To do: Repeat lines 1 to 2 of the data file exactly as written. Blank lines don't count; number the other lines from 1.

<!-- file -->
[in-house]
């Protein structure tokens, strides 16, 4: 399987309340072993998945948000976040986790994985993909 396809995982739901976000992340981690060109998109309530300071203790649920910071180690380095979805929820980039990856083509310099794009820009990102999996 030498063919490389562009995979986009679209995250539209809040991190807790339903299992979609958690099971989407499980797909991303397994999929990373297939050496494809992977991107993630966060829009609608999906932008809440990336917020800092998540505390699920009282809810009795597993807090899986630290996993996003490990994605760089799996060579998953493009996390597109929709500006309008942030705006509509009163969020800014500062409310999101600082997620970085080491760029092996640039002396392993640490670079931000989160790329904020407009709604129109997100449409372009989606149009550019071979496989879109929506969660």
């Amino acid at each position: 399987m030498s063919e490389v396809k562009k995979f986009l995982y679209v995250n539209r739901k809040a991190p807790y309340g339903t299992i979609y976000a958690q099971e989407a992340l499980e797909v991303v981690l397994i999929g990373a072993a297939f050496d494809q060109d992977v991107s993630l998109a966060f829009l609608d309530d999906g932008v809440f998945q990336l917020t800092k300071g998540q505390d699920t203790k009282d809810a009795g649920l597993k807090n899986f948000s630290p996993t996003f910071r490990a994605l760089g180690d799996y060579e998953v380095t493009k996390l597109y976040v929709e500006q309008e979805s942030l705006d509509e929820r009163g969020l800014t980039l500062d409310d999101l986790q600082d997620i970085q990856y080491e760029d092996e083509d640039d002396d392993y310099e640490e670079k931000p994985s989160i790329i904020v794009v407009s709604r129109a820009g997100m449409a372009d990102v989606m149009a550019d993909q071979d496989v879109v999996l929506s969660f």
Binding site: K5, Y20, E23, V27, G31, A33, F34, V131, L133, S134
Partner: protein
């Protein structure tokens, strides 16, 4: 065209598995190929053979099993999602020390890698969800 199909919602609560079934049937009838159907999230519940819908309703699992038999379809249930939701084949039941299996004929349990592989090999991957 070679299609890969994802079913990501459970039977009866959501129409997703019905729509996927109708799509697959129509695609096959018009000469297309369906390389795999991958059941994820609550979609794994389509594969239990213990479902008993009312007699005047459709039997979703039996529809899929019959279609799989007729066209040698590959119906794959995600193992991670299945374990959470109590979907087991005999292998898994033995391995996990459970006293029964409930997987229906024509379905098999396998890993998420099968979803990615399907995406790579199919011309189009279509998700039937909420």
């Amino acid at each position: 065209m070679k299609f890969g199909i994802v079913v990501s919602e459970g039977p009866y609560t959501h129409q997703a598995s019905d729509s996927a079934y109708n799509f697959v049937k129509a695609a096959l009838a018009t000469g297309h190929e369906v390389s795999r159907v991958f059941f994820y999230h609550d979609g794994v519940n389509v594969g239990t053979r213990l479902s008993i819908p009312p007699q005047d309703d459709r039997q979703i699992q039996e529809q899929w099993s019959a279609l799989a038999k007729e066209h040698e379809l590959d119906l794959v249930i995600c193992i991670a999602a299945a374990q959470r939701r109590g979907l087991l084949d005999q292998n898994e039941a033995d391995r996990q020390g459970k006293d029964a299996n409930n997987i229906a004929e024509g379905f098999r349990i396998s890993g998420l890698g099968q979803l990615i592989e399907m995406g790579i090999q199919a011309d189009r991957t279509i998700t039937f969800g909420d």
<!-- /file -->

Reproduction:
[in-house]
């Protein structure tokens, strides 16, 4: 399987309340072993998945948000976040986790994985993909 396809995982739901976000992340981690060109998109309530300071203790649920910071180690380095979805929820980039990856083509310099794009820009990102999996 030498063919490389562009995979986009679209995250539209809040991190807790339903299992979609958690099971989407499980797909991303397994999929990373297939050496494809992977991107993630966060829009609608999906932008809440990336917020800092998540505390699920009282809810009795597993807090899986630290996993996003490990994605760089799996060579998953493009996390597109929709500006309008942030705006509509009163969020800014500062409310999101600082997620970085080491760029092996640039002396392993640490670079931000989160790329904020407009709604129109997100449409372009989606149009550019071979496989879109929506969660």